This is yet another example of the major psychological shift that is taking place in our nation.  The overwhelming consensus is that economic activity is going to slow down, and it won’t be people with millions of dollars in their bank accounts that will be suffering.

No, once again it will mostly be people that are barely getting by that will be losing their jobs and their homes, and nobody is going to come riding to their rescue.

About the author: Michael Snyder is a nationally syndicated writer, media personality and political activist. He is publisher of The Most Important News and the author of four books including The Beginning Of The End and Living A Life That Really Matters.

“Panic-like selling” grips Wall Street as the economic numbers point to “a lot of unpleasant things that nobody wants to admit”

Fear is spreading like wildfire on Wall Street, and on Friday we witnessed yet another wave of panic selling.  The Dow Jones Industrial Average fell another 559 points, closing at 24,389.  Previously I had warned that once we solidly broke through 25,000 that it could trigger an avalanche of panic selling, and that is precisely what has happened.  The Dow is now down more than 9 percent from the peak in early October, but the S&P 500 is doing even worse.  The S&P 500 is now down 10.2 percent from the September peak, and that means that it is officially in correction territory.  It has now been two solid months, and the sell-off on Wall Street shows no signs of abating.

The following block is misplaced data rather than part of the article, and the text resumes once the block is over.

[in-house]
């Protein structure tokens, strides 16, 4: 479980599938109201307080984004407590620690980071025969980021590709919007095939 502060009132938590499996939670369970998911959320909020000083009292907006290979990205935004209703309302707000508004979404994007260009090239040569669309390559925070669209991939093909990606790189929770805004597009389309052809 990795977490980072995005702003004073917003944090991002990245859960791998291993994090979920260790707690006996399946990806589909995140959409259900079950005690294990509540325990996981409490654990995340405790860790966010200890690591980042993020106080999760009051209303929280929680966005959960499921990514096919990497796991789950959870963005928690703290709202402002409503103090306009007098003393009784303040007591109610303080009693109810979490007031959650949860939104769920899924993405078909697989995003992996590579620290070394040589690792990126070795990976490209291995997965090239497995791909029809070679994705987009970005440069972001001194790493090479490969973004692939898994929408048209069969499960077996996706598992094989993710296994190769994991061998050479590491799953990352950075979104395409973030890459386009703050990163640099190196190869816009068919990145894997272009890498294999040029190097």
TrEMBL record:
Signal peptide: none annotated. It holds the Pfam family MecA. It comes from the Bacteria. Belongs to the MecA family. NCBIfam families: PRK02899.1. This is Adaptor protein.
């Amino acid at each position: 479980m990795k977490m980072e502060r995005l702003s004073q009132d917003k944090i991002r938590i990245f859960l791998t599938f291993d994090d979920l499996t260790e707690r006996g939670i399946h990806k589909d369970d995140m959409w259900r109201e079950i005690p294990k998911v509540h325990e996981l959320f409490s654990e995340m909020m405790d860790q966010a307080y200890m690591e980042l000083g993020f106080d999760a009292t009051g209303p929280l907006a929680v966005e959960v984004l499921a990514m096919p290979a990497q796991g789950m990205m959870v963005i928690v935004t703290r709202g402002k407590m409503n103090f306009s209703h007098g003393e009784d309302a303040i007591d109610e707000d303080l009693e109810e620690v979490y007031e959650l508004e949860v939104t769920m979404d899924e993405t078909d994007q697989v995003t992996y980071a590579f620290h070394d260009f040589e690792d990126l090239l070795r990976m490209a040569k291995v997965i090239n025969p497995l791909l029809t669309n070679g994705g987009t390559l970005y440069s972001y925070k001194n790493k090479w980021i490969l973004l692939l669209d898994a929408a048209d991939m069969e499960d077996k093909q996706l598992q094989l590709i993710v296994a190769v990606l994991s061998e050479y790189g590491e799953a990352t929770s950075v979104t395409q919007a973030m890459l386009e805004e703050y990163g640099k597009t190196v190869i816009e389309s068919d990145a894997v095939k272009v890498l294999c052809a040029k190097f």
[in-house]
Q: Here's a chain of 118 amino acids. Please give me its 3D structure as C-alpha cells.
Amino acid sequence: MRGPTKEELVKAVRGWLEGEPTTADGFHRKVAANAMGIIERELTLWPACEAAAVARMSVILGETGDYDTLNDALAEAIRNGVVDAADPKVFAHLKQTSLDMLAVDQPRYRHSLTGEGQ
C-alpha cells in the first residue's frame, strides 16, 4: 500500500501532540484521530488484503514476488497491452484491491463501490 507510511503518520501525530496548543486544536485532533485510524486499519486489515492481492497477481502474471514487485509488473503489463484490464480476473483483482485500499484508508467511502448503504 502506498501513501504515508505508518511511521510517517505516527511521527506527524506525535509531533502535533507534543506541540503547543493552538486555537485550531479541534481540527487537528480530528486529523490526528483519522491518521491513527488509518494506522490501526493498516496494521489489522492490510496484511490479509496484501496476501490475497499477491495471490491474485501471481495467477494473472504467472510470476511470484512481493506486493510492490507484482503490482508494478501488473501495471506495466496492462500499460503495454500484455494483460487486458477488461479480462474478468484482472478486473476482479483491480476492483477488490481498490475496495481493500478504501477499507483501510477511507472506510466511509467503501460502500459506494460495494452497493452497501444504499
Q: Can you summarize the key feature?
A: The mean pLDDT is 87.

And for certain sectors, the carnage that has been unfolding can definitely be called a “crash”.

FANG stocks are now down 24 percent from the peak, and global systemically important banks have now fallen a whopping 33 percent from the 52-week high.

Ladies and gentlemen, the big banks are officially in trouble once again, and it is going to be a wild ride moving forward.

And the way that things wrapped up for the markets on Friday has many wondering what Monday will bring.  According to one key index, investors were dumping stocks so rapidly on the Nasdaq on Friday afternoon that it was officially considered to be “panic-like activity”

Selling on the Nasdaq reached panic-like proportions Friday afternoon with less than an hour left in regular trade, as the exchange’s Arms index rose. The Arms is a volume weighted breadth measure, that tends to rise when the broader market falls, as the intensity of the selling in declining stocks is usually greater than the intensity of buying in rising stocks. Levels above 2.000 are considered panic-like activity. The Nasdaq Composite Index COMP, -3.05% was off 3% at 6,969. The number of advancing stocks compared against decliners was at 2,108 to 787, pushing the Arms index on the exchange to 2.068.

Thanks to Friday’s nightmare, this week ended up being the worst week for U.S. stocks since March.

This wasn’t supposed to happen in December.  According to the experts, we were due for a nice “Santa Claus rally” and everybody was supposed to go home for the holidays really happy.

But that hasn’t happened.  Instead, the markets are coming apart like a 20 dollar suit.

And guess who CNN is blaming for the stock market decline?